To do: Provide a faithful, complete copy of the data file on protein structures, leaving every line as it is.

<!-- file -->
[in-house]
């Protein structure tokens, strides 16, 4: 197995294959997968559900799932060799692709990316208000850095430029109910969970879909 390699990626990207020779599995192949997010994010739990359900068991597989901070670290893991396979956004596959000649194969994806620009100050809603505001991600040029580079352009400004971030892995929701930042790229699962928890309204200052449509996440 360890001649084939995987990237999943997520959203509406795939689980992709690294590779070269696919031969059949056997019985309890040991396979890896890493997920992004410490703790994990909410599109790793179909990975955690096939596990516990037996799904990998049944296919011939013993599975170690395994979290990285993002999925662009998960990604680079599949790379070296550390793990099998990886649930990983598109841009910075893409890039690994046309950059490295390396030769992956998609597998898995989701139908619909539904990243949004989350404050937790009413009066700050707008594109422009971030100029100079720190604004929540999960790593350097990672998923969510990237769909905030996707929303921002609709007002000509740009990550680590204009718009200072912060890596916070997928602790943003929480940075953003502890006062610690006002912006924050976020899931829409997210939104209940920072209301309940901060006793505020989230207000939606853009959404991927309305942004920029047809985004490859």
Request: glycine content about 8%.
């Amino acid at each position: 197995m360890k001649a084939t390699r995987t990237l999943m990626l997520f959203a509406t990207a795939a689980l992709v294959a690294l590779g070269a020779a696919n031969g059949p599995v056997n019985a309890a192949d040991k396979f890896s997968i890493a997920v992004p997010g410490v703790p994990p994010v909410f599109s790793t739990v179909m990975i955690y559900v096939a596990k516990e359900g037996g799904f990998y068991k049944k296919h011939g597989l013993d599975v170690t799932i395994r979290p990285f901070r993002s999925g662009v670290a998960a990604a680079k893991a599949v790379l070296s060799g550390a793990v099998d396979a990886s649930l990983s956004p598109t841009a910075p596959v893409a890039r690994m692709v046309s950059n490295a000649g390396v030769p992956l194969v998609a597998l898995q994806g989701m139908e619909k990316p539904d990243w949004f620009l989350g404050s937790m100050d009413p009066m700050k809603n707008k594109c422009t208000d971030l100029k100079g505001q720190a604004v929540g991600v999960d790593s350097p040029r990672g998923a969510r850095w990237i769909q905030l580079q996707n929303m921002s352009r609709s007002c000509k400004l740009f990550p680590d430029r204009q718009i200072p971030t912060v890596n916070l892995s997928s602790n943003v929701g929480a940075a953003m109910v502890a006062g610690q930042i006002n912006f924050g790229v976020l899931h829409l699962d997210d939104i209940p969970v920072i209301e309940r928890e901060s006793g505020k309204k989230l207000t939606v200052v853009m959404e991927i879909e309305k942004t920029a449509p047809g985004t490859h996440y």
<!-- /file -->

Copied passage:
[in-house]
């Protein structure tokens, strides 16, 4: 197995294959997968559900799932060799692709990316208000850095430029109910969970879909 390699990626990207020779599995192949997010994010739990359900068991597989901070670290893991396979956004596959000649194969994806620009100050809603505001991600040029580079352009400004971030892995929701930042790229699962928890309204200052449509996440 360890001649084939995987990237999943997520959203509406795939689980992709690294590779070269696919031969059949056997019985309890040991396979890896890493997920992004410490703790994990909410599109790793179909990975955690096939596990516990037996799904990998049944296919011939013993599975170690395994979290990285993002999925662009998960990604680079599949790379070296550390793990099998990886649930990983598109841009910075893409890039690994046309950059490295390396030769992956998609597998898995989701139908619909539904990243949004989350404050937790009413009066700050707008594109422009971030100029100079720190604004929540999960790593350097990672998923969510990237769909905030996707929303921002609709007002000509740009990550680590204009718009200072912060890596916070997928602790943003929480940075953003502890006062610690006002912006924050976020899931829409997210939104209940920072209301309940901060006793505020989230207000939606853009959404991927309305942004920029047809985004490859």
Request: glycine content about 8%.
């Amino acid at each position: 197995m360890k001649a084939t390699r995987t990237l999943m990626l997520f959203a509406t990207a795939a689980l992709v294959a690294l590779g070269a020779a696919n031969g059949p599995v056997n019985a309890a192949d040991k396979f890896s997968i890493a997920v992004p997010g410490v703790p994990p994010v909410f599109s790793t739990v179909m990975i955690y559900v096939a596990k516990e359900g037996g799904f990998y068991k049944k296919h011939g597989l013993d599975v170690t799932i395994r979290p990285f901070r993002s999925g662009v670290a998960a990604a680079k893991a599949v790379l070296s060799g550390a793990v099998d396979a990886s649930l990983s956004p598109t841009a910075p596959v893409a890039r690994m692709v046309s950059n490295a000649g390396v030769p992956l194969v998609a597998l898995q994806g989701m139908e619909k990316p539904d990243w949004f620009l989350g404050s937790m100050d009413p009066m700050k809603n707008k594109c422009t208000d971030l100029k100079g505001q720190a604004v929540g991600v999960d790593s350097p040029r990672g998923a969510r850095w990237i769909q905030l580079q996707n929303m921002s352009r609709s007002c000509k400004l740009f990550p680590d430029r204009q718009i200072p971030t912060v890596n916070l892995s997928s602790n943003v929701g929480a940075a953003m109910v502890a006062g610690q930042i006002n912006f924050g790229v976020l899931h829409l699962d997210d939104i209940p969970v920072i209301e309940r928890e901060s006793g505020k309204k989230l207000t939606v200052v853009m959404e991927i879909e309305k942004t920029a449509p047809g985004t490859h996440y």